Along with about five grams of fat in that little sphere, you get miniscule amounts of vitamins A, D, E, B6, B12, folate, calcium, iron, phosphorus, zinc, and copper. The yolk is pretty high in selenium (14 percent of the daily recommended value), but you can get selenium from mushrooms, asparagus, brown rice, spinach, cabbage, and other plant foods. The eggs aren’t necessary, from a nutritional perspective.
The truth is, eggs really just aren’t the “superfood” some nutritionists make them out to be. If you enjoy eating them, I won’t tell you that you have to stop and become a full vegetarian or vegan, but be mindful of what kind you get, when you eat them, and how much you eat (I’ll talk more about that soon).
A Comparison Between Eggs, Meat, and Smoking
Some people want to keep animal protein in their diet and think eggs are a much healthier option, so let’s compare those. Eggs have about 186 mg of cholesterol, and it’s all in the yolk. There are about 93 mg in half of a chicken breast and about 78 mg in a 3 oz broiled top sirloin steak.
A study in Atherosclerosis speaks to the damage the cholesterol in egg yolks can do in the body. This Canadian study compared the arterial damage related to consumption of eggs (with yolks) versus smoking cigarettes in a total of 1262 patients.
The amounts of plaque along the patients’ arteries who had high levels of egg yolk consumption (at least three egg yolks per week) were two-thirds that of the patients who had smoked at least 40 pack-years (pack-years are a measurement of how much a person has smoked. The formula is number of packs smoked per day x years as a smoker).
That suggests regular egg consumption isn’t that much healthier than smoking two packs of cigarettes per day for 20 years!
In addition to the cholesterol and its effects, we can take a look at the fat content in eggs vs. chicken and steak and see how easily they could clog the body, slow digestion, and lead to weight gain, accelerated aging in various ways and health issues:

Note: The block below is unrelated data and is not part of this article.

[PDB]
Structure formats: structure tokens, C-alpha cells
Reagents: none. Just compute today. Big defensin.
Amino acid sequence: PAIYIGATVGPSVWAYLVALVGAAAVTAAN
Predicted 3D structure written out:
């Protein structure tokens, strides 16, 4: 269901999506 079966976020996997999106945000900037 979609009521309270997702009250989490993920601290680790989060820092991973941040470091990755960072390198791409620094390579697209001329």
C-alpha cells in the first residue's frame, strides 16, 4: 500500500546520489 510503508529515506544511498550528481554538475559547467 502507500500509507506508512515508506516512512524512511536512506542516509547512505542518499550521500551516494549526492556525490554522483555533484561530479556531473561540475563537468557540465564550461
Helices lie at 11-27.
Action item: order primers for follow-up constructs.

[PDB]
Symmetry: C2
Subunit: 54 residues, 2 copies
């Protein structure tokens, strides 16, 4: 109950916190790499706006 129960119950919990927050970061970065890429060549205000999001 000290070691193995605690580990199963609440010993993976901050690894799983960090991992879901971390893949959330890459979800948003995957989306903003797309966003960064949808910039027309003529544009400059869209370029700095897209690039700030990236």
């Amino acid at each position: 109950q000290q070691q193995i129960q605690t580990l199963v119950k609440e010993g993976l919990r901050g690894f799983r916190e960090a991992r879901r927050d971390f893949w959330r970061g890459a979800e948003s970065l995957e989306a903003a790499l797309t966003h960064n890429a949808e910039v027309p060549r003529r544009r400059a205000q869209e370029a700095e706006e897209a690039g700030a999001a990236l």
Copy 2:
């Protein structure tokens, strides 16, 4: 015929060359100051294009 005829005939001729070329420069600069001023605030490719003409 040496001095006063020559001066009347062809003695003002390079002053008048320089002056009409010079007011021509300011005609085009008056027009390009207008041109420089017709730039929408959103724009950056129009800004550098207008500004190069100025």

The steak has 12 grams of fat (4.8 saturated), the chicken breast has 13 grams (3.9 grams saturated), and there are 5 grams of fat (1.6 grams saturated) in each large egg. Unless it’s a snack, most people who eat eggs will have at least two at a meal. That means they’re consuming at least 10 grams of fat and 3.2 grams of saturated fat. Not that much different from meat, right?
What About the Fat Content?
Some fat is healthy, yes, but the sources and amounts make a huge difference in how healthy that fat is for you.
From a digestion perspective, that fat’s going to digest sooo slowly. When digestion is super slow, it can cause congestion in the body. Nothing else can be digested effectively until that fat (or dense animal protein, and eggs have both) is processed by your system.
That means everything you throw down on top of those eggs could be just sitting there, waiting to be used by your body, but unable to pass through so their nutrients can be absorbed and waste eliminated.
When do most people eat their eggs? In the morning. A lot of people think their breakfast isn’t complete without a couple of eggs, and they’ll even add toast, jelly, bacon, and maybe even a slice of fruit on the side and then wonder why they’re exhausted just hours after waking up!
So any snacks, other meals, etc, that you eat for hours after your breakfast eggs have a chance of sitting there. Along with the traffic jam that could cause in your digestive system, that’s going to make you feel sluggish and heavy.
Ever wanted a mid-morning cup of coffee—or better yet, a nap—because you felt so annoyingly tired by 11 AM? Eating something like eggs—regardless of whether you want to keep them in your diet to some degree (always eat animal products and large amounts of fat at the end of the day, not the beginning, so it’s not as big of a deal if your energy levels are affected)—can contribute to that.
The Nutritional Benefits (or Not) of Eggs
Some people like to keep eggs in their diets because of their B12 and iron content. B12 can be a little more difficult to get on a vegan diet, but there are other sources besides eggs. You can get your B12 and iron without the high fat content and resulting sluggishness, no problem.
For B12, one of the best sources is nutritional yeast, which is easy to sprinkle on your salads or cooked veggies. Try my Dharma’s Kale Salad for starters. You can also get it in supplement form.
Iron’s everywhere in a whole foods based diet–especially in the leafy greens–but also in quinoa, brown rice, nuts, and seeds. So if you’re drinking your Glowing Green Smoothie, having a big salad at lunch, and making sure you get in some more vegetables (and maybe a little quinoa or rice) at dinner, you’re not going to need to have eggs in your diet just to have enough iron.
The Negative Health Effects of Eggs